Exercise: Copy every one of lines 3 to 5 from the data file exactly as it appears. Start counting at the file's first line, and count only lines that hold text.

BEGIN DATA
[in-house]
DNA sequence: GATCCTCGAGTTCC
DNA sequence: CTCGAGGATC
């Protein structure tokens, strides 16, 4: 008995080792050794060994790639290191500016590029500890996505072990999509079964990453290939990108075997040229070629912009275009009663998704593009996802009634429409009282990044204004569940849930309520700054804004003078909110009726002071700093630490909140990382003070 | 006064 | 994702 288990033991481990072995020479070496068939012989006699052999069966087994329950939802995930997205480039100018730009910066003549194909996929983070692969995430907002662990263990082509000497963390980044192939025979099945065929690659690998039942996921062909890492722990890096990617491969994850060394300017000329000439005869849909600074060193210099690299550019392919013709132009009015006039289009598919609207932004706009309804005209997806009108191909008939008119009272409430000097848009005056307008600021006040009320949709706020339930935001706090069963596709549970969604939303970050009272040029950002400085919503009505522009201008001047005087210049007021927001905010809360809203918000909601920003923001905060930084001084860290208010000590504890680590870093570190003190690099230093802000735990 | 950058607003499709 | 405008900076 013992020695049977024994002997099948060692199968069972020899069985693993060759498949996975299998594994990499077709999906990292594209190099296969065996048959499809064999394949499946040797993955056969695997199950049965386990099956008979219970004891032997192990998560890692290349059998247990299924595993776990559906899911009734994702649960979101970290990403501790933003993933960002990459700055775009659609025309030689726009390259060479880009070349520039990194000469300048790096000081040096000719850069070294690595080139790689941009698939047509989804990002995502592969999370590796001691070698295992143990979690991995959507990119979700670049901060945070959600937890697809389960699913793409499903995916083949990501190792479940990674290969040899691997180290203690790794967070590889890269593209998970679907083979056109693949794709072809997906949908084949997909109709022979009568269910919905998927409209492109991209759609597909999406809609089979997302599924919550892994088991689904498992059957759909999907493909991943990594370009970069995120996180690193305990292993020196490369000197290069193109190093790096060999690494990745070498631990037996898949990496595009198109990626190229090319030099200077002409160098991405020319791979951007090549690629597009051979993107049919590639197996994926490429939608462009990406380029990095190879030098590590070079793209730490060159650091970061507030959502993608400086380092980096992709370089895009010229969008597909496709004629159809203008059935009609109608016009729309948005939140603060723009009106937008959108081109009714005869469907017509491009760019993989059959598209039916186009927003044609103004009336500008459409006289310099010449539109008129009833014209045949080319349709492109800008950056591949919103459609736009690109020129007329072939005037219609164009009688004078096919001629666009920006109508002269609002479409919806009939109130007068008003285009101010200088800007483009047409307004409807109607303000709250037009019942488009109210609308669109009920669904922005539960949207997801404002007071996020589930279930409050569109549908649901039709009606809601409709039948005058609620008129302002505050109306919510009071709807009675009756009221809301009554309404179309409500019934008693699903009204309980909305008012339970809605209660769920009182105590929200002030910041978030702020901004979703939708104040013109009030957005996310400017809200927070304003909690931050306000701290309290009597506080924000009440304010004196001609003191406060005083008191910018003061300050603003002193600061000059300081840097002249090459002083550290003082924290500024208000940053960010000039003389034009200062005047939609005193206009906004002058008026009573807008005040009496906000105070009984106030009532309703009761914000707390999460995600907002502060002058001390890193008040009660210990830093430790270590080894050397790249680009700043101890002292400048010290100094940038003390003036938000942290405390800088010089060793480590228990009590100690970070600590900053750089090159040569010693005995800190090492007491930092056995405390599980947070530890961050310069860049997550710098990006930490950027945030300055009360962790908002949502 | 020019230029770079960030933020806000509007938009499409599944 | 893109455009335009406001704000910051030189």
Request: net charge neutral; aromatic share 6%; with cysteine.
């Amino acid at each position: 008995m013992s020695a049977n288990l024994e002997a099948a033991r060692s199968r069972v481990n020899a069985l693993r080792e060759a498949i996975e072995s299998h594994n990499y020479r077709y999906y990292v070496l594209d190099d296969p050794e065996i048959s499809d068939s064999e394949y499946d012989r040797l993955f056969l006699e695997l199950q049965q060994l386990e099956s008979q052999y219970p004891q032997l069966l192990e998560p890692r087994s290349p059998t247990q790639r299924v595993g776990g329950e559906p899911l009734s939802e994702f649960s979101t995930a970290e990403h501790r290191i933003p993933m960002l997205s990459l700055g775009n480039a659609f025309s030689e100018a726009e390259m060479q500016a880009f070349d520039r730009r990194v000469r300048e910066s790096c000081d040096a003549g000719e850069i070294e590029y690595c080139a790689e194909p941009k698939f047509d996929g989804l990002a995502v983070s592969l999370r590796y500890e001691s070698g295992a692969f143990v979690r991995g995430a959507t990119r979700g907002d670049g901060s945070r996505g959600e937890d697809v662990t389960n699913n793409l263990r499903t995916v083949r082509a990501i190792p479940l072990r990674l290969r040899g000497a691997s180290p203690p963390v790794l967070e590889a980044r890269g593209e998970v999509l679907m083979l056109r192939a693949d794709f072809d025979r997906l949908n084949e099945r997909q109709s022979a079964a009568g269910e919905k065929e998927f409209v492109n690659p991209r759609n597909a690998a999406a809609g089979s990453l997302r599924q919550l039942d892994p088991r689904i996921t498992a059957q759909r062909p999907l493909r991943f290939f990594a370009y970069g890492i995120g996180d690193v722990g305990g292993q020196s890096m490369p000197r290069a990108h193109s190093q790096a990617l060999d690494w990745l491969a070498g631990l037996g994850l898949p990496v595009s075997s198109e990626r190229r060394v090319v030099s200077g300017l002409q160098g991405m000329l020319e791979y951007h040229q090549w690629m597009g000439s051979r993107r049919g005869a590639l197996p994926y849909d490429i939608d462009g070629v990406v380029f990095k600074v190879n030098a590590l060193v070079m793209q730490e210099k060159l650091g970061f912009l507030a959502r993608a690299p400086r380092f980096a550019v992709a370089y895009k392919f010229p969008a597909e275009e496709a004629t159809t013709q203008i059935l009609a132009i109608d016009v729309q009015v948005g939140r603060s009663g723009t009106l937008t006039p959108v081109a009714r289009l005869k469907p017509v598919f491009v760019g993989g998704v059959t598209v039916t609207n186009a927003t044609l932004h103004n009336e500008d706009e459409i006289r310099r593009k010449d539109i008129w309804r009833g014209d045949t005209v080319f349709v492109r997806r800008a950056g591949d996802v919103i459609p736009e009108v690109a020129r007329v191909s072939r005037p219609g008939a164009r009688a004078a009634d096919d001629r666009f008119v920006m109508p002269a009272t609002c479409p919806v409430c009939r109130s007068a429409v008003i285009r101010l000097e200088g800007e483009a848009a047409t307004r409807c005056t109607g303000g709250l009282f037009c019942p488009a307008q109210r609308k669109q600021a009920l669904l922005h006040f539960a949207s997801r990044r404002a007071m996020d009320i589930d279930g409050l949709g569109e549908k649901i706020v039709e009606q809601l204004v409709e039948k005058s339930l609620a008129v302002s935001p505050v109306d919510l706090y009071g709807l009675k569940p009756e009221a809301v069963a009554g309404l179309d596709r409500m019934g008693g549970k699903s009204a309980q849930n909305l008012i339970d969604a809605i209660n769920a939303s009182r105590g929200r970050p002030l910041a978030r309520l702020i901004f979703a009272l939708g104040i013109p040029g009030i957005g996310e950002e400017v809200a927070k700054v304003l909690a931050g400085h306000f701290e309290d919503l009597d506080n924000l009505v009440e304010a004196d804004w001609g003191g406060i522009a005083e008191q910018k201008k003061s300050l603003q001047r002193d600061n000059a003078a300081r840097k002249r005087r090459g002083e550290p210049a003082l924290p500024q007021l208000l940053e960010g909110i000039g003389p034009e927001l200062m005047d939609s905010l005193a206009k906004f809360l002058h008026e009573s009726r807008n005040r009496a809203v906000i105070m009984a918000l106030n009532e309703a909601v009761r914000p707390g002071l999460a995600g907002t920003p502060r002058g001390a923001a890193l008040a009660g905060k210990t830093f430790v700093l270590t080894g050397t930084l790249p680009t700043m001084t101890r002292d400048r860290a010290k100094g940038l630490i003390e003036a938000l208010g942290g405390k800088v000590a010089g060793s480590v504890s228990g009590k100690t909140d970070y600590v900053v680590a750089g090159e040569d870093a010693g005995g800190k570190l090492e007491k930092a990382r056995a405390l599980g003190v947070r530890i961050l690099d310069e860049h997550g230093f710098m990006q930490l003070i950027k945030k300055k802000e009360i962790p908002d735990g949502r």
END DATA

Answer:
DNA sequence: CTCGAGGATC
């Protein structure tokens, strides 16, 4: 008995080792050794060994790639290191500016590029500890996505072990999509079964990453290939990108075997040229070629912009275009009663998704593009996802009634429409009282990044204004569940849930309520700054804004003078909110009726002071700093630490909140990382003070 | 006064 | 994702 288990033991481990072995020479070496068939012989006699052999069966087994329950939802995930997205480039100018730009910066003549194909996929983070692969995430907002662990263990082509000497963390980044192939025979099945065929690659690998039942996921062909890492722990890096990617491969994850060394300017000329000439005869849909600074060193210099690299550019392919013709132009009015006039289009598919609207932004706009309804005209997806009108191909008939008119009272409430000097848009005056307008600021006040009320949709706020339930935001706090069963596709549970969604939303970050009272040029950002400085919503009505522009201008001047005087210049007021927001905010809360809203918000909601920003923001905060930084001084860290208010000590504890680590870093570190003190690099230093802000735990 | 950058607003499709 | 405008900076 013992020695049977024994002997099948060692199968069972020899069985693993060759498949996975299998594994990499077709999906990292594209190099296969065996048959499809064999394949499946040797993955056969695997199950049965386990099956008979219970004891032997192990998560890692290349059998247990299924595993776990559906899911009734994702649960979101970290990403501790933003993933960002990459700055775009659609025309030689726009390259060479880009070349520039990194000469300048790096000081040096000719850069070294690595080139790689941009698939047509989804990002995502592969999370590796001691070698295992143990979690991995959507990119979700670049901060945070959600937890697809389960699913793409499903995916083949990501190792479940990674290969040899691997180290203690790794967070590889890269593209998970679907083979056109693949794709072809997906949908084949997909109709022979009568269910919905998927409209492109991209759609597909999406809609089979997302599924919550892994088991689904498992059957759909999907493909991943990594370009970069995120996180690193305990292993020196490369000197290069193109190093790096060999690494990745070498631990037996898949990496595009198109990626190229090319030099200077002409160098991405020319791979951007090549690629597009051979993107049919590639197996994926490429939608462009990406380029990095190879030098590590070079793209730490060159650091970061507030959502993608400086380092980096992709370089895009010229969008597909496709004629159809203008059935009609109608016009729309948005939140603060723009009106937008959108081109009714005869469907017509491009760019993989059959598209039916186009927003044609103004009336500008459409006289310099010449539109008129009833014209045949080319349709492109800008950056591949919103459609736009690109020129007329072939005037219609164009009688004078096919001629666009920006109508002269609002479409919806009939109130007068008003285009101010200088800007483009047409307004409807109607303000709250037009019942488009109210609308669109009920669904922005539960949207997801404002007071996020589930279930409050569109549908649901039709009606809601409709039948005058609620008129302002505050109306919510009071709807009675009756009221809301009554309404179309409500019934008693699903009204309980909305008012339970809605209660769920009182105590929200002030910041978030702020901004979703939708104040013109009030957005996310400017809200927070304003909690931050306000701290309290009597506080924000009440304010004196001609003191406060005083008191910018003061300050603003002193600061000059300081840097002249090459002083550290003082924290500024208000940053960010000039003389034009200062005047939609005193206009906004002058008026009573807008005040009496906000105070009984106030009532309703009761914000707390999460995600907002502060002058001390890193008040009660210990830093430790270590080894050397790249680009700043101890002292400048010290100094940038003390003036938000942290405390800088010089060793480590228990009590100690970070600590900053750089090159040569010693005995800190090492007491930092056995405390599980947070530890961050310069860049997550710098990006930490950027945030300055009360962790908002949502 | 020019230029770079960030933020806000509007938009499409599944 | 893109455009335009406001704000910051030189």
Request: net charge neutral; aromatic share 6%; with cysteine.